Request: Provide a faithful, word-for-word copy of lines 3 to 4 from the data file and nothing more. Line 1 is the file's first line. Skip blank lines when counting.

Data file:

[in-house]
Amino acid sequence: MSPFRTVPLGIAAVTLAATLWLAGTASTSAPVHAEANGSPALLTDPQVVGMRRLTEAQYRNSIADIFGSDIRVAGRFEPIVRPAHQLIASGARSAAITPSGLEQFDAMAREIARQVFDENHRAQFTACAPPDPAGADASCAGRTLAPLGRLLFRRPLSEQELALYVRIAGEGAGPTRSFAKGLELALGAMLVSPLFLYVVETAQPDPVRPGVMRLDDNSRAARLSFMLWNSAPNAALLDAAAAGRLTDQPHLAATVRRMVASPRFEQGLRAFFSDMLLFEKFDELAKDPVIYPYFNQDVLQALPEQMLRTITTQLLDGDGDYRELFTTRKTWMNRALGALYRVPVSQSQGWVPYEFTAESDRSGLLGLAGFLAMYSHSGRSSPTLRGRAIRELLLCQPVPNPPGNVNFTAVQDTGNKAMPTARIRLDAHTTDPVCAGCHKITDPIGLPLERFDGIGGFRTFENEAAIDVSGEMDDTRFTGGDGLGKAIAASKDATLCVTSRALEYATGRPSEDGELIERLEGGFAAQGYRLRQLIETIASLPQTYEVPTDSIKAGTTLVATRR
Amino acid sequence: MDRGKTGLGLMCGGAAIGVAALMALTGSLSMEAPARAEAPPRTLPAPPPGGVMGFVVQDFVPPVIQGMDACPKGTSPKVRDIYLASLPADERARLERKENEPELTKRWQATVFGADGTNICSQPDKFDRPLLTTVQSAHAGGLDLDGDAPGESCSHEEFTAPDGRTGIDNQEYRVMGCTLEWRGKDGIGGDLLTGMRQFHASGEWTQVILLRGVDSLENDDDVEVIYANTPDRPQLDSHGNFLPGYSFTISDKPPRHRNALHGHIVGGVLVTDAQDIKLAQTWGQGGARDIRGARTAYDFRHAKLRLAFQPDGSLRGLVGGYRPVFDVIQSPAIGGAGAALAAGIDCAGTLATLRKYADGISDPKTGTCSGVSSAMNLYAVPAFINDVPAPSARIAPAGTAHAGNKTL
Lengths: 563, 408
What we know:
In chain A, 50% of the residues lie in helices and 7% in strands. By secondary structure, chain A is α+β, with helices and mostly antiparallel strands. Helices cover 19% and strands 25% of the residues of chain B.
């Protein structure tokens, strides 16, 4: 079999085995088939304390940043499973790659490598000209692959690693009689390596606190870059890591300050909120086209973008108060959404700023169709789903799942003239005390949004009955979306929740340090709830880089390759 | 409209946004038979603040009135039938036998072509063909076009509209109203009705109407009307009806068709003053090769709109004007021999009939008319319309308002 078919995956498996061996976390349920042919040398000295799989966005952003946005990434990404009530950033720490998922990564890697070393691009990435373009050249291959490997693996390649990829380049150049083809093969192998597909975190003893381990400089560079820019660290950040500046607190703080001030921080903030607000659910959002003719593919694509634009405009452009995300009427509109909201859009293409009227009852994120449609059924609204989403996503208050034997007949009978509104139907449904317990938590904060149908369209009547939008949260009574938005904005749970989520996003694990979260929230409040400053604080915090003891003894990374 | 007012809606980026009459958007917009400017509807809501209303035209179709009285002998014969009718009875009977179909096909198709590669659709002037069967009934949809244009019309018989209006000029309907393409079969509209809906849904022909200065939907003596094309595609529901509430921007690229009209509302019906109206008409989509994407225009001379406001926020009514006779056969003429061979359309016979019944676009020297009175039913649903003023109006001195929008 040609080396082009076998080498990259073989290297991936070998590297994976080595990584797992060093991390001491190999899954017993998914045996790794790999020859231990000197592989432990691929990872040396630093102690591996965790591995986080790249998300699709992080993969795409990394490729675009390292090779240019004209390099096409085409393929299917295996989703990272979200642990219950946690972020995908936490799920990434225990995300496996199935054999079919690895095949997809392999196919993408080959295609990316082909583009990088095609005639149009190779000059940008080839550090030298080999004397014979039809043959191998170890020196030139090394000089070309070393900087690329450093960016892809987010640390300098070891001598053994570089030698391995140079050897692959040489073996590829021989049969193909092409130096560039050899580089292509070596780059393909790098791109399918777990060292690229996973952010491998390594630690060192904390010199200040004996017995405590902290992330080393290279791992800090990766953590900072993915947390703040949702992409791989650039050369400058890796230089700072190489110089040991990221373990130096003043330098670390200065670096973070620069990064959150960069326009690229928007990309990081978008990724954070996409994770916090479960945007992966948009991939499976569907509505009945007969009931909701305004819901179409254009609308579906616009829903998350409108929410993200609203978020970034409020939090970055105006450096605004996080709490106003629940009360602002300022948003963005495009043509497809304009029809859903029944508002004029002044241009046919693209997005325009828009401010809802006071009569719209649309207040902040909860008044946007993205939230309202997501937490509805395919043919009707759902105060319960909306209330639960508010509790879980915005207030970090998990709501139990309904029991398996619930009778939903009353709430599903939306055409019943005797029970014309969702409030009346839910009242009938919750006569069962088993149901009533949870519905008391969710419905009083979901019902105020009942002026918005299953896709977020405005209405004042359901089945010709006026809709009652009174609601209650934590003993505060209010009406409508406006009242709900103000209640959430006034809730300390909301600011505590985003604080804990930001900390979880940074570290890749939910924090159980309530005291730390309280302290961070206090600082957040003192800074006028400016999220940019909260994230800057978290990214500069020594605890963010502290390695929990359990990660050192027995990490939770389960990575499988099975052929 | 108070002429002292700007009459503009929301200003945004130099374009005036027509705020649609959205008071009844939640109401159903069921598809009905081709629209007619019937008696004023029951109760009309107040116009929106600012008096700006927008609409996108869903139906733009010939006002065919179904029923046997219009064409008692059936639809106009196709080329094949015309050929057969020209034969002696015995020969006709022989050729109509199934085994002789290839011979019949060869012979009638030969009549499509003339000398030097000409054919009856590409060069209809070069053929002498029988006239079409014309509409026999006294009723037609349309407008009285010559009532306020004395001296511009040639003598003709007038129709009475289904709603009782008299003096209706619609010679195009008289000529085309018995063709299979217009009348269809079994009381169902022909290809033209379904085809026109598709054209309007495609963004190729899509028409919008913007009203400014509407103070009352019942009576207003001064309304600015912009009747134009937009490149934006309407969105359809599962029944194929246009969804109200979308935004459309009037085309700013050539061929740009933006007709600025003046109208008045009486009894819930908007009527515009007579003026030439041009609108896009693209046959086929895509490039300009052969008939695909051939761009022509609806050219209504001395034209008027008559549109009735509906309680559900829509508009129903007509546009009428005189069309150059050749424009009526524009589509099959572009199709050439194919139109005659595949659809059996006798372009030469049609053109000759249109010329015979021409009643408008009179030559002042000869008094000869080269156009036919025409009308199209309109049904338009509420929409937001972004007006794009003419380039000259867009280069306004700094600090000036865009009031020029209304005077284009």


Amino acid sequence: MDRGKTGLGLMCGGAAIGVAALMALTGSLSMEAPARAEAPPRTLPAPPPGGVMGFVVQDFVPPVIQGMDACPKGTSPKVRDIYLASLPADERARLERKENEPELTKRWQATVFGADGTNICSQPDKFDRPLLTTVQSAHAGGLDLDGDAPGESCSHEEFTAPDGRTGIDNQEYRVMGCTLEWRGKDGIGGDLLTGMRQFHASGEWTQVILLRGVDSLENDDDVEVIYANTPDRPQLDSHGNFLPGYSFTISDKPPRHRNALHGHIVGGVLVTDAQDIKLAQTWGQGGARDIRGARTAYDFRHAKLRLAFQPDGSLRGLVGGYRPVFDVIQSPAIGGAGAALAAGIDCAGTLATLRKYADGISDPKTGTCSGVSSAMNLYAVPAFINDVPAPSARIAPAGTAHAGNKTL
Lengths: 563, 408